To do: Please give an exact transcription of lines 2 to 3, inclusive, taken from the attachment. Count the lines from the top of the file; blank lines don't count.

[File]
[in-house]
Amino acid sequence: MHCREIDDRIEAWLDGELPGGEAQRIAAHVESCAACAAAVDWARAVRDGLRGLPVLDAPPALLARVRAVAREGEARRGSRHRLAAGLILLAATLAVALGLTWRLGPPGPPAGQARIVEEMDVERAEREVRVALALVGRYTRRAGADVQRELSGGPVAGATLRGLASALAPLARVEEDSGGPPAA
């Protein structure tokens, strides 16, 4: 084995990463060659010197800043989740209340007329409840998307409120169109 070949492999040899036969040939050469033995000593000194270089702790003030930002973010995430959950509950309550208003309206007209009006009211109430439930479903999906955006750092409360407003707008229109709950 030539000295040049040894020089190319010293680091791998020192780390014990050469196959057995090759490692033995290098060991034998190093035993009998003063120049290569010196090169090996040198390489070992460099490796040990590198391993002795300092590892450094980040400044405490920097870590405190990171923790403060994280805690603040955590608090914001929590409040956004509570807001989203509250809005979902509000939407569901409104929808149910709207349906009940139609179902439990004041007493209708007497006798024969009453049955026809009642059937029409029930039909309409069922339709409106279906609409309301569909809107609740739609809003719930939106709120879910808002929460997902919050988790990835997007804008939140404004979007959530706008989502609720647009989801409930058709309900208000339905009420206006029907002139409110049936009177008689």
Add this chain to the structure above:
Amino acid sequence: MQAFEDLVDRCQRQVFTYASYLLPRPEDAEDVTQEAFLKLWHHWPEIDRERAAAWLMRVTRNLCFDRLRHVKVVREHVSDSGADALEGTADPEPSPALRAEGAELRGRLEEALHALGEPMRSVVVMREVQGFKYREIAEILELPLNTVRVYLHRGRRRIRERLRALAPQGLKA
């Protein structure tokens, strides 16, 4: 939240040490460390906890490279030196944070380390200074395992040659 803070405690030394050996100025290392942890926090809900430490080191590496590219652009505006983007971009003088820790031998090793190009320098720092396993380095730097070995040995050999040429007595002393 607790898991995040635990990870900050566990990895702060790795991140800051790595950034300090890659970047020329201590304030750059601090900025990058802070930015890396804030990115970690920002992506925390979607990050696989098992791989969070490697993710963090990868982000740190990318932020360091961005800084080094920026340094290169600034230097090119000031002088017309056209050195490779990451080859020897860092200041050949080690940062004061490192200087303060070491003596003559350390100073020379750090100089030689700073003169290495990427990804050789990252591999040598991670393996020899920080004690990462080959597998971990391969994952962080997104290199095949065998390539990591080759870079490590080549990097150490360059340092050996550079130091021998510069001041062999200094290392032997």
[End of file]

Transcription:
Amino acid sequence: MHCREIDDRIEAWLDGELPGGEAQRIAAHVESCAACAAAVDWARAVRDGLRGLPVLDAPPALLARVRAVAREGEARRGSRHRLAAGLILLAATLAVALGLTWRLGPPGPPAGQARIVEEMDVERAEREVRVALALVGRYTRRAGADVQRELSGGPVAGATLRGLASALAPLARVEEDSGGPPAA
């Protein structure tokens, strides 16, 4: 084995990463060659010197800043989740209340007329409840998307409120169109 070949492999040899036969040939050469033995000593000194270089702790003030930002973010995430959950509950309550208003309206007209009006009211109430439930479903999906955006750092409360407003707008229109709950 030539000295040049040894020089190319010293680091791998020192780390014990050469196959057995090759490692033995290098060991034998190093035993009998003063120049290569010196090169090996040198390489070992460099490796040990590198391993002795300092590892450094980040400044405490920097870590405190990171923790403060994280805690603040955590608090914001929590409040956004509570807001989203509250809005979902509000939407569901409104929808149910709207349906009940139609179902439990004041007493209708007497006798024969009453049955026809009642059937029409029930039909309409069922339709409106279906609409309301569909809107609740739609809003719930939106709120879910808002929460997902919050988790990835997007804008939140404004979007959530706008989502609720647009989801409930058709309900208000339905009420206006029907002139409110049936009177008689």